Victoria says that the use of medical marijuana will be legal by 2017 for people with serious medical conditions.
But contrary to some reports and social media posts, marijuana will not be legalised for personal or recreational use.
Following recommendations contained in a report by the Victoria Law Reform Commission, the state will be conducting trials for those suffering from a range of serious medical conditions, including cancer, epilepsy and chronic pain.
The report contains 42 recommendations, including that cannabis growth should be controlled under a strict licensing scheme. The Victorian government has confirmed that growers will be closely monitored and their output tracked and weighed. The marijuana will only be available to those with a prescription from a specialist.
The report states that:
“The opportunity exists for a combined Commonwealth and Victorian initiative to relieve suffering and to improve the quality of life for a vulnerable cohort of people within the community.”
Under the trial, children suffering from severe epilepsy will be the first to get access to medicinal cannabis by 2017. It will then be provided to cancer patients, those with HIV/AIDS, severe pain and nausea.
Victorian Premier Daniel Andrews stated that:
“There are about 450 or those beautiful little people and they’re going to get legally for the first time the medicine that they need to transform their lives, and indeed to save their lives.
The time has come for us to stop finding reasons not to do this.”
Despite the scheme’s limitations, marijuana advocates have welcomed the move as a positive step forward.
Does the Scheme Conflict with Commonwealth Laws?
There are a number of federal laws that regulate the cultivation, manufacture, supply and use of drugs in Australia.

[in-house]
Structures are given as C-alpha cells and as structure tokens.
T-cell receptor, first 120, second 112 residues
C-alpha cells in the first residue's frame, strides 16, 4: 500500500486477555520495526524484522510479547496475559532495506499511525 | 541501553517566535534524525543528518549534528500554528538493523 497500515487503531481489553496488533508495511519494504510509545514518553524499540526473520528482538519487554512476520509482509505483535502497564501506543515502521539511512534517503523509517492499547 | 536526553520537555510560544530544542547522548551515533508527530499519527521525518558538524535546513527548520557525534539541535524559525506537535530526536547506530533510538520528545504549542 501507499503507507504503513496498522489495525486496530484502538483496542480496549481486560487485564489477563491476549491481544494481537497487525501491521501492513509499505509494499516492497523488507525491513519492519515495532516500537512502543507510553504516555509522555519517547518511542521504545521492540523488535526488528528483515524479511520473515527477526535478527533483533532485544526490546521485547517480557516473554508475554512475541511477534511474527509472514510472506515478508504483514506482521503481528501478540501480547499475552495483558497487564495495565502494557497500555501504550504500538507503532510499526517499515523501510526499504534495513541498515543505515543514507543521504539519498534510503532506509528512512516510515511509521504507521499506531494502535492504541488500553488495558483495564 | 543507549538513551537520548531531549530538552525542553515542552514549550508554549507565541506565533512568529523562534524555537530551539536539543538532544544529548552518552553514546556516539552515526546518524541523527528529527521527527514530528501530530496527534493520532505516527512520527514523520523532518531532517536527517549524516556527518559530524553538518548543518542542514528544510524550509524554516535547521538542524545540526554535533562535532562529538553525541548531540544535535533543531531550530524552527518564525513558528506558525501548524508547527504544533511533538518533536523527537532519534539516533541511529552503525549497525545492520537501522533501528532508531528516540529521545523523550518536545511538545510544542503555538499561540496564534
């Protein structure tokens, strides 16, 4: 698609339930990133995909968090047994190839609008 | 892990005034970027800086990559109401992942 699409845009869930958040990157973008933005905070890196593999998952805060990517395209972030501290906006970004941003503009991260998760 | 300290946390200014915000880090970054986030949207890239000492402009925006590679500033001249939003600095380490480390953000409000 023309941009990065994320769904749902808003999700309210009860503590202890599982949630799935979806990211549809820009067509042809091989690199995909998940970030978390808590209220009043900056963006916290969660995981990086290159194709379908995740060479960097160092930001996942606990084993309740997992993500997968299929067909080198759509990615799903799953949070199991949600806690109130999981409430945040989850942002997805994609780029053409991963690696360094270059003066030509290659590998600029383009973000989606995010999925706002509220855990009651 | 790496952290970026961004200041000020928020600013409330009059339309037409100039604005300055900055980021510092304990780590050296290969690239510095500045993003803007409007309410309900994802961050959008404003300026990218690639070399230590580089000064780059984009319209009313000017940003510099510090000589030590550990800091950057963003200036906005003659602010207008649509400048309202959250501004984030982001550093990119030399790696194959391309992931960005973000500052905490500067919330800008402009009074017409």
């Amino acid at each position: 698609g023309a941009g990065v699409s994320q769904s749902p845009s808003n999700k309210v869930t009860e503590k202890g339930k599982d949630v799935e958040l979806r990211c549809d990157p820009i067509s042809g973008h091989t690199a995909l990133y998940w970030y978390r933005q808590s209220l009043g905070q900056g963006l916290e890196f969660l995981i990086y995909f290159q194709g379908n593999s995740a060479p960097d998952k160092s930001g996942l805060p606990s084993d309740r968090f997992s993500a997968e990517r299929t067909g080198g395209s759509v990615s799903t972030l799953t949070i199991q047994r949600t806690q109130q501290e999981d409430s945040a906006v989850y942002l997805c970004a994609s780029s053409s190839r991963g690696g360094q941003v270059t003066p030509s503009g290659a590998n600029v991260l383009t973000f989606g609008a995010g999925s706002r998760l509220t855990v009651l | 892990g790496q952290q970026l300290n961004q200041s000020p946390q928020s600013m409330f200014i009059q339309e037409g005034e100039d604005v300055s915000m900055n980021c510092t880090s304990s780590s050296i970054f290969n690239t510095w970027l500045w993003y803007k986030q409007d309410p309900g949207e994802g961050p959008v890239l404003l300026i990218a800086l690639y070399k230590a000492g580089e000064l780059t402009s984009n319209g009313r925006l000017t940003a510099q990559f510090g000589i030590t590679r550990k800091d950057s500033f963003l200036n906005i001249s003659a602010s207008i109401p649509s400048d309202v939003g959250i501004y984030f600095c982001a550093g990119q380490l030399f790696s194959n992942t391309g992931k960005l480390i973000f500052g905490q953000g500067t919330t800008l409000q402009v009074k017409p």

Generally, Commonwealth laws trump State laws – but there are ways around this in the context of drug regulation. For example, Victoria can pass laws making it legal to grow its own cannabis, but would need the Commonwealth to make legal concessions in order to enable importation.
Under the Criminal Code Act 1995 (Cth), all steps involved in making and distributing illicit drugs are criminalised unless authorised by a state or territory. Similar laws are contained in the Crimes (Traffic in Narcotic Drugs and Psychotropic Substances) Act 1990 (Cth), but these are not designed to exclude state and territory laws.
This means that states are allowed to make their own laws about drugs, as long as they do not conflict with our international obligations, such as those contained in the Single Convention on Narcotic Drugs (1961). That Convention says that narcotic drugs, including cannabis, can only be made available for medical and scientific purposes. The obligation is reinforced in the UN Convention of Psychotropic Substances (1971).
The Importance of the Scheme
Dr Ian Freckelton QC, who headed the Victorian review, believes that the scheme will be groundbreaking and innovative. He says that the researchers were “struck” with the emotional and moving stories of people suffering from serious illnesses who experienced relief through the (illegal) use of marijuana.
The scheme means that sufferers will no longer face the prospect of criminal charges and the associated social stigma for using marijuana, and will be able to access the drug freely and easily.
Many feel that more research needs to occur into the effects of cannabis on chronic illness, and its side-effects. To that end, NSW, Victoria and Queensland are scheduled to conduct trials to research the drug’s clinical benefits, and any negative effects.